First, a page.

I was lucky to get a waiting list place, as did Izzy. So it was alarm set for 6am (no, no, no) and another early Saturday morning start. The weather was beautiful – mists and sun with a very light breeze and temperatures hovering around zero. We got slightly confused on the way there, but were still fifth to arrive and register. Plenty of time to use the portaloos, listen to the cows’ loud moo-ing and the dogs’ incessant barking, huddle under the heater, watch the mouse and debate going for a warm up!

"Warm" up (Andy Kirkland)

“Warm” up (Andy Kirkland)

After the warm up I could feel a small stone irritating my foot. I decided I had better sort it out now rather than be in pain in the race. I fiddled with the triple knotted laces, gave the shoe a good shoogle and got my hand inside for good measure. Shoe back on. Walk a bit. Darn! Still there! Maybe it is in my sock. Shoe off again, sock off and inside out. Everything shaken and back on. Still there! What a mystery …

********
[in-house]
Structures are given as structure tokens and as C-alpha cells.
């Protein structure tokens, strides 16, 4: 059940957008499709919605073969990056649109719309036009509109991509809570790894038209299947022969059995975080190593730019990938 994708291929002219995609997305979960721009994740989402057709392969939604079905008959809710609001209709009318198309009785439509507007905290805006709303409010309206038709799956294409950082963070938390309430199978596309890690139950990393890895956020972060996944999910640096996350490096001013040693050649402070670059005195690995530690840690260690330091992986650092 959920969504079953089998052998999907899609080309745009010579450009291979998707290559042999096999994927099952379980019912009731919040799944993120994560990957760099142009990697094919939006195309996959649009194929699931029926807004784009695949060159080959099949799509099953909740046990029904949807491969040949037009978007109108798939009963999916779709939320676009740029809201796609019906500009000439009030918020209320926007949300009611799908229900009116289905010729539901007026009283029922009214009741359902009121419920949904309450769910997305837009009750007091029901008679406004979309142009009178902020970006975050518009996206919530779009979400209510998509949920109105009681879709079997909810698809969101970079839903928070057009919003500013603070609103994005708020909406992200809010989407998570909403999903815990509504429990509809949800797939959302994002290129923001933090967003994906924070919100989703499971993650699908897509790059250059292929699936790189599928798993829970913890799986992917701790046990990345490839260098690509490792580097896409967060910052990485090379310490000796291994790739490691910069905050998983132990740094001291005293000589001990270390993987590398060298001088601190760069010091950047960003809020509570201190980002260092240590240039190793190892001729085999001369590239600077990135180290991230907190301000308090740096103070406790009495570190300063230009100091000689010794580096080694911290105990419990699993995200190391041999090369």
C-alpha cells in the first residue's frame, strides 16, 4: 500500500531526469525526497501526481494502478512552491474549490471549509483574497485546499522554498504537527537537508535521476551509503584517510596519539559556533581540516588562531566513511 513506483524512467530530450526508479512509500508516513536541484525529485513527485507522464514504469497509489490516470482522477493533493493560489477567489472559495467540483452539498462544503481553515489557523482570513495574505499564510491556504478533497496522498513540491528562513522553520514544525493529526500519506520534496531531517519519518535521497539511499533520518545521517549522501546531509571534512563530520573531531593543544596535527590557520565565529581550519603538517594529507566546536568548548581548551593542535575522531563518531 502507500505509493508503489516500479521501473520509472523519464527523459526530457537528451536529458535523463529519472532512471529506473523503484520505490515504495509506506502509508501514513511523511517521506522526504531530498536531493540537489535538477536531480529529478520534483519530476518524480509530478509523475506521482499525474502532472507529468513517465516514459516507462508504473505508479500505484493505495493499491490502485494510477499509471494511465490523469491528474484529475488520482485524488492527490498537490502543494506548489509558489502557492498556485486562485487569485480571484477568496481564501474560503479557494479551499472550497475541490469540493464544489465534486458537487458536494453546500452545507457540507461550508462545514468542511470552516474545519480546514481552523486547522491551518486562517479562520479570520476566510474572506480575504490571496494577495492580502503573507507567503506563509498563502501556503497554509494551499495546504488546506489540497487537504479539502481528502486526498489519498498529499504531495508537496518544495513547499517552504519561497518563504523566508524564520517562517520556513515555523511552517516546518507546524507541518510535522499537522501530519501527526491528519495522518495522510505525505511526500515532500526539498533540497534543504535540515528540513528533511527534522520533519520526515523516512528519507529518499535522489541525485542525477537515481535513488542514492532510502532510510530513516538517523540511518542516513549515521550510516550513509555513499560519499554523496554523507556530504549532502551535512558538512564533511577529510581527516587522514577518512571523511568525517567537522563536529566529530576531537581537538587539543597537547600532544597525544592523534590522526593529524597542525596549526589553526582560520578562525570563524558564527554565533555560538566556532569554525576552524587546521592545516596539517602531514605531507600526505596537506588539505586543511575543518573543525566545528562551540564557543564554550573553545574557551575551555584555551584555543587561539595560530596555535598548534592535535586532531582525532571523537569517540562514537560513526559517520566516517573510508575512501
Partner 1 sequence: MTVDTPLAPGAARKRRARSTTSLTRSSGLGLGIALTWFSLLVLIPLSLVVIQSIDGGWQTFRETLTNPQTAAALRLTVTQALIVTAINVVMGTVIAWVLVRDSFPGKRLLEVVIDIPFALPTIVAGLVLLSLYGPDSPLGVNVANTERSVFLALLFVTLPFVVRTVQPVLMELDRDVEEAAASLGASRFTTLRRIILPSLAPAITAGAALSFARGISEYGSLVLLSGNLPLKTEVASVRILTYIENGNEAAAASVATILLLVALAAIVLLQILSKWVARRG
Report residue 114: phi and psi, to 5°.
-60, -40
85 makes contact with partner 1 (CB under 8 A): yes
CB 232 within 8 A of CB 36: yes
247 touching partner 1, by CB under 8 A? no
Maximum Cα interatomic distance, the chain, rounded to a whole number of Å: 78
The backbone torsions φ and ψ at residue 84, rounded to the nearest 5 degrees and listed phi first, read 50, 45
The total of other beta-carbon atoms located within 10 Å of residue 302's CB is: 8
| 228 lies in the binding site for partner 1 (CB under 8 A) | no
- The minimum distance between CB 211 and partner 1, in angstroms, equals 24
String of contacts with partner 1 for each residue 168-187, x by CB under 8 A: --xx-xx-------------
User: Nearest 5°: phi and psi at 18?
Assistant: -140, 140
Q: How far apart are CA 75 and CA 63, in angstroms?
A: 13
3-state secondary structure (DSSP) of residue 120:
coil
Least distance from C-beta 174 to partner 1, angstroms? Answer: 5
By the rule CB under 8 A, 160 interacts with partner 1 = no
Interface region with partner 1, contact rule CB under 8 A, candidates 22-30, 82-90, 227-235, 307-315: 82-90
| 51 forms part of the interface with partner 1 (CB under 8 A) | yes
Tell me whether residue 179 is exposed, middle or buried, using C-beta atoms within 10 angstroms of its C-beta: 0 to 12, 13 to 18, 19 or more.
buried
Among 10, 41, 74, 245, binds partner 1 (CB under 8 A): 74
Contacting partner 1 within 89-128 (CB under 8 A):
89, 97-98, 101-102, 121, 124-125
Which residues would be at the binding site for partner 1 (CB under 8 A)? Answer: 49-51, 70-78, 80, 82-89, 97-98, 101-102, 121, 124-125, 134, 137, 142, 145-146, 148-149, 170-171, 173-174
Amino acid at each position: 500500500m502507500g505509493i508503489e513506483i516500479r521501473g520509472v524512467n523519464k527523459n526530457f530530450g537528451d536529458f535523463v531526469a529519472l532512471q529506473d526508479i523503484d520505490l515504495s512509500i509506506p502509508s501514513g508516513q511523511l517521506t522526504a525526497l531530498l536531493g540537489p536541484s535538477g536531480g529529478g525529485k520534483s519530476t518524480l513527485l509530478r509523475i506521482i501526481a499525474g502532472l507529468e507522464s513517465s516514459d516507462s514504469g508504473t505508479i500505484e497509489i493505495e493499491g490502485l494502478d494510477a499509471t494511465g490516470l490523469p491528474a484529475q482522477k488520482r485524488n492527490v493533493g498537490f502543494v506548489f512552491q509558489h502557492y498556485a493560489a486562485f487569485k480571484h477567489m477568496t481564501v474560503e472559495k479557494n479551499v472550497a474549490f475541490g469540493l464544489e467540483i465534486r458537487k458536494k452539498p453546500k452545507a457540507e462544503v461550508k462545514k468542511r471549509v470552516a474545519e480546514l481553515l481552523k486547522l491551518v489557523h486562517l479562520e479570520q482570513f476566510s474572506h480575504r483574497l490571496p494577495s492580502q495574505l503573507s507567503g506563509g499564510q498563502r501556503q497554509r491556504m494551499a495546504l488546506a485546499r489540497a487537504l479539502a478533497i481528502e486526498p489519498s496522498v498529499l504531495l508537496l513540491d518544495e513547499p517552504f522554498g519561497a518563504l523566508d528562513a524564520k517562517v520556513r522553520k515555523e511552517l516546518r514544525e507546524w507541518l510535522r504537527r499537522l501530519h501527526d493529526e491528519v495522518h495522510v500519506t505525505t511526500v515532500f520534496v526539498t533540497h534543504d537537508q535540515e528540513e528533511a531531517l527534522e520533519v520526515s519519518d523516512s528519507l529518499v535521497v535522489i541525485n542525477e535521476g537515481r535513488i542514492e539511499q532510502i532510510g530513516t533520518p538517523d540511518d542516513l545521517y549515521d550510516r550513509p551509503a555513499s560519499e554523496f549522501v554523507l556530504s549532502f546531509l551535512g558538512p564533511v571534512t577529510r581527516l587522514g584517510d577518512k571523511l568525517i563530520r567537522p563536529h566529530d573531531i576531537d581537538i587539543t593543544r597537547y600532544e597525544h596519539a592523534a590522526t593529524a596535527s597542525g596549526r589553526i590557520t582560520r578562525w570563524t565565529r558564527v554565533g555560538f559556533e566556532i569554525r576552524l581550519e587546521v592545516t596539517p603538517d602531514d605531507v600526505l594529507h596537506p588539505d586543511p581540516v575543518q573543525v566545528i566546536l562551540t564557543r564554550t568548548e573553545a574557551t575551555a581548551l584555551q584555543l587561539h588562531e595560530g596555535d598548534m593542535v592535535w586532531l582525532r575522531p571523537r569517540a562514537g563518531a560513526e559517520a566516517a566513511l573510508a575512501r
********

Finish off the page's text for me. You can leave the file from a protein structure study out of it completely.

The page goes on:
Hello! (Andy Kirkland)

Hello! (Andy Kirkland)

We were ready to start in the huge grain store, but it was a bit delayed – cue some jumping up and down and arm waving before the official arm waving warm up.

Then the hooter went and we were off! I flew through the first km, which was on a good surface and downhill. I was aiming for top 10 and had counted at least 7 or 8 girls in front of me. I was going well. The stone irritated my foot as I hit the hard ground. I started wondering if it was something to do with the actual shoe itself…